ANN BAILEY: Want creative kids? Stay out of their wayAs a reporter, I get volumes of news releases. Some contain useful information that I relay on to the public. Others are a source of story ideas. A few make me laugh, although that was not the intention of their writers. One of the latter came across my desk the other day. The release, which had a headline asking, “Where has all the creativity gone?” cites news articles whose authors talk about the lack of creativity in today’s kids. The news release then gives information about a clinical psychologist who can provide tips to help parents re-create creativity.
By: Ann Bailey, Grand Forks Herald
As a reporter, I get volumes of news releases. Some contain useful information that I relay on to the public. Others are a source of story ideas. A few make me laugh, although that was not the intention of their writers.
One of the latter came across my desk the other day. The release, which had a headline asking, “Where has all the creativity gone?” cites news articles whose authors talk about the lack of creativity in today’s kids. The news release then gives information about a clinical psychologist who can provide tips to help parents re-create creativity.
Maybe it’s just me, but it seems contradictory to give suggestions on how to help children be creative. In my experience with my own children, the best way to teach them to be creative is not to show them how to do it, but instead let them figure it out themselves. As I tell them, there’s a world of things to do on the farm, and being entertainment chair is not in my job description.
In fact, in the rare times my kids come to me complaining that they’re bored, I tell them that, prefaced with the line, “That’s your problem, not mine.” If they protest, I warn them that if I hear any more complaints that I will find them something to do, likely in the form of a chore. Those words pretty quickly fuel their creative juices and soon they are involved in an activity of some sort.
Sometimes their play involves going outside and tramping through the woods pretending they are explorers, jumping out of trees into the snow or building bicycle obstacle courses, depending on the season.
Inside the house, they may pull out a board game, wage a Nerf gun battle or make a video. On a recent weekend they made a music video of Johnny Horton’s song Battle of New Orleans. Watching my children hop through the brambles like rabbits, howl like hounds and “fire their guns when the British kept a comin’ ” made me laugh my way through my otherwise boring clothes folding routine.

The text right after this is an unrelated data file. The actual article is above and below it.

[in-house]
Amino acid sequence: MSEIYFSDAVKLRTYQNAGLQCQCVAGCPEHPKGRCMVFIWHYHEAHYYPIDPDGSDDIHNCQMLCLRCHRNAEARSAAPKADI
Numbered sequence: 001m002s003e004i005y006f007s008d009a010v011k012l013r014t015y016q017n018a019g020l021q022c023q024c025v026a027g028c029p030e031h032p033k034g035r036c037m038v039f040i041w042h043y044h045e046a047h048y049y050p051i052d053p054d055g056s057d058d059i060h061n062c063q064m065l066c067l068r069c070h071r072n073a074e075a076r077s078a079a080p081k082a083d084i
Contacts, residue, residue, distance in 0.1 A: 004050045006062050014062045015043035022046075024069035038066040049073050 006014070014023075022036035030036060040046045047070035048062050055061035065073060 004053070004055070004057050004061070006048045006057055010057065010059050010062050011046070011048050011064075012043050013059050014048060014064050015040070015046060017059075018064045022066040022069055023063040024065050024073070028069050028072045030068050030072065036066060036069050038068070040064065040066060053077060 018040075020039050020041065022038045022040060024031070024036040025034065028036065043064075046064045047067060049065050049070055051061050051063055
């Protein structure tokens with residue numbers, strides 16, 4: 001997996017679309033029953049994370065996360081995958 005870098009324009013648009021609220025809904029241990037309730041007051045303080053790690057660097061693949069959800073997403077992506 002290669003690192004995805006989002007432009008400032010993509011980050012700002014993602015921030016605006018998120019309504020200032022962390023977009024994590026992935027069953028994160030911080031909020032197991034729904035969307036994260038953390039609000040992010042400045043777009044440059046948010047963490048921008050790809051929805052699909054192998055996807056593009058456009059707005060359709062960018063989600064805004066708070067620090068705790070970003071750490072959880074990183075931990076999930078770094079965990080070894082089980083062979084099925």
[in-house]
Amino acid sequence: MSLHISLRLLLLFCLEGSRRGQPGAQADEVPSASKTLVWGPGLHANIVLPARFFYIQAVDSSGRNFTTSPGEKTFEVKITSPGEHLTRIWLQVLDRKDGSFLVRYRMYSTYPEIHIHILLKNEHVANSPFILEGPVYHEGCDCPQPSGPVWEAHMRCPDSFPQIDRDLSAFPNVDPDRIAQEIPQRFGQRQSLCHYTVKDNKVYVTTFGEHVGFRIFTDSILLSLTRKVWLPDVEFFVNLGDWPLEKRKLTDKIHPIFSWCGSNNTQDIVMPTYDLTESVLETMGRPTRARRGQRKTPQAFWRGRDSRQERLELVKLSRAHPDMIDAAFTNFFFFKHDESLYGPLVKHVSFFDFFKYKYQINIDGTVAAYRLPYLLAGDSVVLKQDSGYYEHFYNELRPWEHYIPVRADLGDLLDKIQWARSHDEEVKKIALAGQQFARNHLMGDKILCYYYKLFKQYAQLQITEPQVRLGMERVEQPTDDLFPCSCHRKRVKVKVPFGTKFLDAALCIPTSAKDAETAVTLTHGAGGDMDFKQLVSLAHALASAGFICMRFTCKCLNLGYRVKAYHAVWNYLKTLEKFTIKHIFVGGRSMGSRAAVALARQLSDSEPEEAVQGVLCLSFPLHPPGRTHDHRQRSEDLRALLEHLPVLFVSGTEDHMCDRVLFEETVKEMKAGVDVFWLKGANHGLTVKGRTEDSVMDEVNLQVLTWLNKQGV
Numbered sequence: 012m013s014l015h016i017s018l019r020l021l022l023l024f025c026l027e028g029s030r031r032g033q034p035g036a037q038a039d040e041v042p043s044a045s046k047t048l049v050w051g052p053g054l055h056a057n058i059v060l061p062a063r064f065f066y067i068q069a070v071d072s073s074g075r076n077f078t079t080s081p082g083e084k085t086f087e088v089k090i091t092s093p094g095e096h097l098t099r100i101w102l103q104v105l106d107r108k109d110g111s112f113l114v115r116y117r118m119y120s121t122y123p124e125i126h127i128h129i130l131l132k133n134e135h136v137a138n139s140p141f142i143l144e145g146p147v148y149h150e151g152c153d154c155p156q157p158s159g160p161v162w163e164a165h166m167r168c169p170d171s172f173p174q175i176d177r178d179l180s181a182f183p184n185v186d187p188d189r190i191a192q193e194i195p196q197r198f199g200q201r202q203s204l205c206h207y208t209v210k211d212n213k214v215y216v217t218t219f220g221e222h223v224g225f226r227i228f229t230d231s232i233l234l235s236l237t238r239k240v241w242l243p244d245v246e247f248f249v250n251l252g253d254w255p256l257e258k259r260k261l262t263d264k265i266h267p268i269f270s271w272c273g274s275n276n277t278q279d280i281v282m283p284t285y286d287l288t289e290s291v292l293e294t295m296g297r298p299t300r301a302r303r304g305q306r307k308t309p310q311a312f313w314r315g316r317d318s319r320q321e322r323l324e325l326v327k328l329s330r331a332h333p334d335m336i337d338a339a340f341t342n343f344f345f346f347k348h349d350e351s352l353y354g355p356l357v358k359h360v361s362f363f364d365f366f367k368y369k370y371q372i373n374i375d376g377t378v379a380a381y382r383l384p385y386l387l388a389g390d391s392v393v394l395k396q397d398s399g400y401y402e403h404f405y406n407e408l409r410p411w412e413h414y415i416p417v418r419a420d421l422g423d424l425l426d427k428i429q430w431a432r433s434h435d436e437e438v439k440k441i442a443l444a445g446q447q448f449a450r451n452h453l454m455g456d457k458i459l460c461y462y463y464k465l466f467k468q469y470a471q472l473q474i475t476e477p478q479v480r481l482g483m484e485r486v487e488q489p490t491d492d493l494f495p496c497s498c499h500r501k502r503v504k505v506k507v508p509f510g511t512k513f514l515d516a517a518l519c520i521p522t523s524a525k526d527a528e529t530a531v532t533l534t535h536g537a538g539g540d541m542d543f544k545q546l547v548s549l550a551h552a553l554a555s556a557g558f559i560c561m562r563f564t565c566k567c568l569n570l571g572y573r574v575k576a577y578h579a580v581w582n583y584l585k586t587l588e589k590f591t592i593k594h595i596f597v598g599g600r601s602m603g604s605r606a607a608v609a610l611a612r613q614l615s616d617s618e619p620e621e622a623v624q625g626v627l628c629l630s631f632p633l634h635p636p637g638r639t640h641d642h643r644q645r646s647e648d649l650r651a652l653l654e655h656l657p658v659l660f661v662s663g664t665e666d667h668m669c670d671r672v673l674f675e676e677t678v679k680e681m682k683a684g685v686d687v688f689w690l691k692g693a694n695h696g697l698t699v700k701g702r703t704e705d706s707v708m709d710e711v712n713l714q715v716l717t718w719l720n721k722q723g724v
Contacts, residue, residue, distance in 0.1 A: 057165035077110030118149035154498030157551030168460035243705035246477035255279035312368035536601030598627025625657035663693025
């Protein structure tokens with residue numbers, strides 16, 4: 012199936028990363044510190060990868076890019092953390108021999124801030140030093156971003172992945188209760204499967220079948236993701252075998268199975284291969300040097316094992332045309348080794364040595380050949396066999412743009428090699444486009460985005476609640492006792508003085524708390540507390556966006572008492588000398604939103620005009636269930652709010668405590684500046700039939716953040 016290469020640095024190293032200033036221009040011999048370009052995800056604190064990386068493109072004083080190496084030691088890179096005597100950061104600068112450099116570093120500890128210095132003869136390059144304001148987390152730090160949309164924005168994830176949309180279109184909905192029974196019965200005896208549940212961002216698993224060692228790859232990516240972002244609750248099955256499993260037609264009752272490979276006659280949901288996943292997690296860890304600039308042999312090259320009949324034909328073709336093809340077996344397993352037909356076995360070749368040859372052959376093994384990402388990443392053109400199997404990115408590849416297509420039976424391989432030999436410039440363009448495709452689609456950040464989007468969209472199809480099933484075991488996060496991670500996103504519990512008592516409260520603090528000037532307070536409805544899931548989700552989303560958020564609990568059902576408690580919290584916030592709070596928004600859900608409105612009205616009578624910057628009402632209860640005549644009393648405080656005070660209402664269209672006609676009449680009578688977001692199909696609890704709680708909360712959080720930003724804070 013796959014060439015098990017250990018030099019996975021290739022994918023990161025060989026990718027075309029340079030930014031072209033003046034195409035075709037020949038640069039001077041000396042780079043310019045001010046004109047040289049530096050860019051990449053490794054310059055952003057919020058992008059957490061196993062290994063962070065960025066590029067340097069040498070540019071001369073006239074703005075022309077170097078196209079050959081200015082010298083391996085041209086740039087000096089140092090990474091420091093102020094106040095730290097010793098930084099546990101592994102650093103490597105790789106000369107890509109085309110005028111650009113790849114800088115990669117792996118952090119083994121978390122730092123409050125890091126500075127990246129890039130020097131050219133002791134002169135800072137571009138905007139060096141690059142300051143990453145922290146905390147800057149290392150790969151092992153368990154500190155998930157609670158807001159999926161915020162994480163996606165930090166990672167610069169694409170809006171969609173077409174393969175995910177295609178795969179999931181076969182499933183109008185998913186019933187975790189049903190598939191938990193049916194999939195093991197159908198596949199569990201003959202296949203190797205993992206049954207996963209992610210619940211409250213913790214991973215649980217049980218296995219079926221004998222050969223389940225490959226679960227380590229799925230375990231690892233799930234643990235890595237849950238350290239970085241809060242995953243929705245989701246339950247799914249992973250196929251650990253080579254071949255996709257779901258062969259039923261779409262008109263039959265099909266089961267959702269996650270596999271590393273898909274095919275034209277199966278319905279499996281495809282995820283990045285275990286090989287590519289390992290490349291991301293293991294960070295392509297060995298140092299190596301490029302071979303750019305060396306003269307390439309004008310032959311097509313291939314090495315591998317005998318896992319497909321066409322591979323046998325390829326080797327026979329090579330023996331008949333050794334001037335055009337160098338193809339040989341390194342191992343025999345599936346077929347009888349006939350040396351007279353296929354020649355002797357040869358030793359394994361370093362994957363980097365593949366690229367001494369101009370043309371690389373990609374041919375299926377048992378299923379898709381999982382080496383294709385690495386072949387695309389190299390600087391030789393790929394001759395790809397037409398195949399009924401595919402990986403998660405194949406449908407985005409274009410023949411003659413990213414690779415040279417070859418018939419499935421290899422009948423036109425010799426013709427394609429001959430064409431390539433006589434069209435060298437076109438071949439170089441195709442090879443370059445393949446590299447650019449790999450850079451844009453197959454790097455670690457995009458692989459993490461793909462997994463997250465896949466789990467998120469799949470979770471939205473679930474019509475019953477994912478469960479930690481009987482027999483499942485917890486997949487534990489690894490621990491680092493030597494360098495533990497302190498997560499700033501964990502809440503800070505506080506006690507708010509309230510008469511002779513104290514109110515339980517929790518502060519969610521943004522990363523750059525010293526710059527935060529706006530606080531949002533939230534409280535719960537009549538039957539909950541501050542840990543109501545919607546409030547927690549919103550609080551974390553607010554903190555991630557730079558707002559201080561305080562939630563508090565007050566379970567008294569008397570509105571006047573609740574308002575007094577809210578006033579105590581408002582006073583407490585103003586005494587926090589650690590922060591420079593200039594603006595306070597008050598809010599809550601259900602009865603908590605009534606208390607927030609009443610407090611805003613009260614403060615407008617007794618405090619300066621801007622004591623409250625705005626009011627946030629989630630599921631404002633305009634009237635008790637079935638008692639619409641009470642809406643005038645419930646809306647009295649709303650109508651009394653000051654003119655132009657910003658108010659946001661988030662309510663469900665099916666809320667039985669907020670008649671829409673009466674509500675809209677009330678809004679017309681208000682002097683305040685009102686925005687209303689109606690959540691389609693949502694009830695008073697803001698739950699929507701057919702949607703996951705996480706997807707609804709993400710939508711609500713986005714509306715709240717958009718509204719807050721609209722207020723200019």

One of the reasons that the psychologist cites for children’s lack of creativity is that “we” define success narrowly in monetary terms. He says that kids have been trained to focus on a linear and conventional model of success. Middle class kids, he says, are taught to believe “… that if you get to Harvard you can get an MBA from Wharton and then you make a six-or seven-figure salary and live happily ever after.
“In pushing this limited idea of achievement, we de-emphasize nonlinear and nontraditional ways of thinking. Innovation, unless it serves the end of making money, is discouraged.”
After reading that, I decided I must not be a member of the middle class, after all. I haven’t set our children’s sights on any particular college, let alone Harvard or Wharton. In fact, I’m not nearly as concerned about where my children attend college or the careers they choose as I am about them being decent, responsible, and yes, creative, adults. I need to only read news accounts about the crazy, mixed-up lives of the majority of movie actors and actresses to know that making a lot of money is not necessarily a guarantee of happiness.
On their own
I do agree with the psychologist’s suggestion that one way to foster creativity is to promote active problem solving. I think way too often parents jump in and try to fight their kids’ battles for them whether that be in the form of calling another parent to intervene in a spat between their children or immediately taking their children’s side in a dispute with a teacher. From my perspective, unless there’s a real risk of danger, letting kids work things out themselves is preferable.
I figure that as they go forward it will be inevitable that they will encounter people with whom they disagree or have personality conflicts and that honing negotiating skills now will help prepare them for the future. Sometimes, as I also tell them, they just have to tolerate certain people whether or not they like them or agree with what they’re doing.
Really, my advice and philosophy for fostering children’s creativity can be summed up in four short words: “Let kids be kids.”
I think kids have innate creativity and if they’re allowed to use it, they will. By not scheduling every second of their day with organized activities and not buying them every new gadget that comes out, parents will encourage their kids to figure out how to amuse themselves.
Meanwhile, once they have honed their creative skills, if they’re like my children, they’ll use the technology they do have to be creative. For example, my son Brendan, 13, has loved to make movies since he was 9 or 10. As he has grown older, the movies have becoming more sophisticated and he has taught himself to use computer software that allows him to put in special effects and end them with credits and music.
The older I get, and the more experienced I get as a parent, the more I am convinced that knowing when to step in and intervene for my kids and when to stay out and let them figure it out, is an important skill to have. When it comes to raising creative kids, I believe that staying out gets results the majority of the time.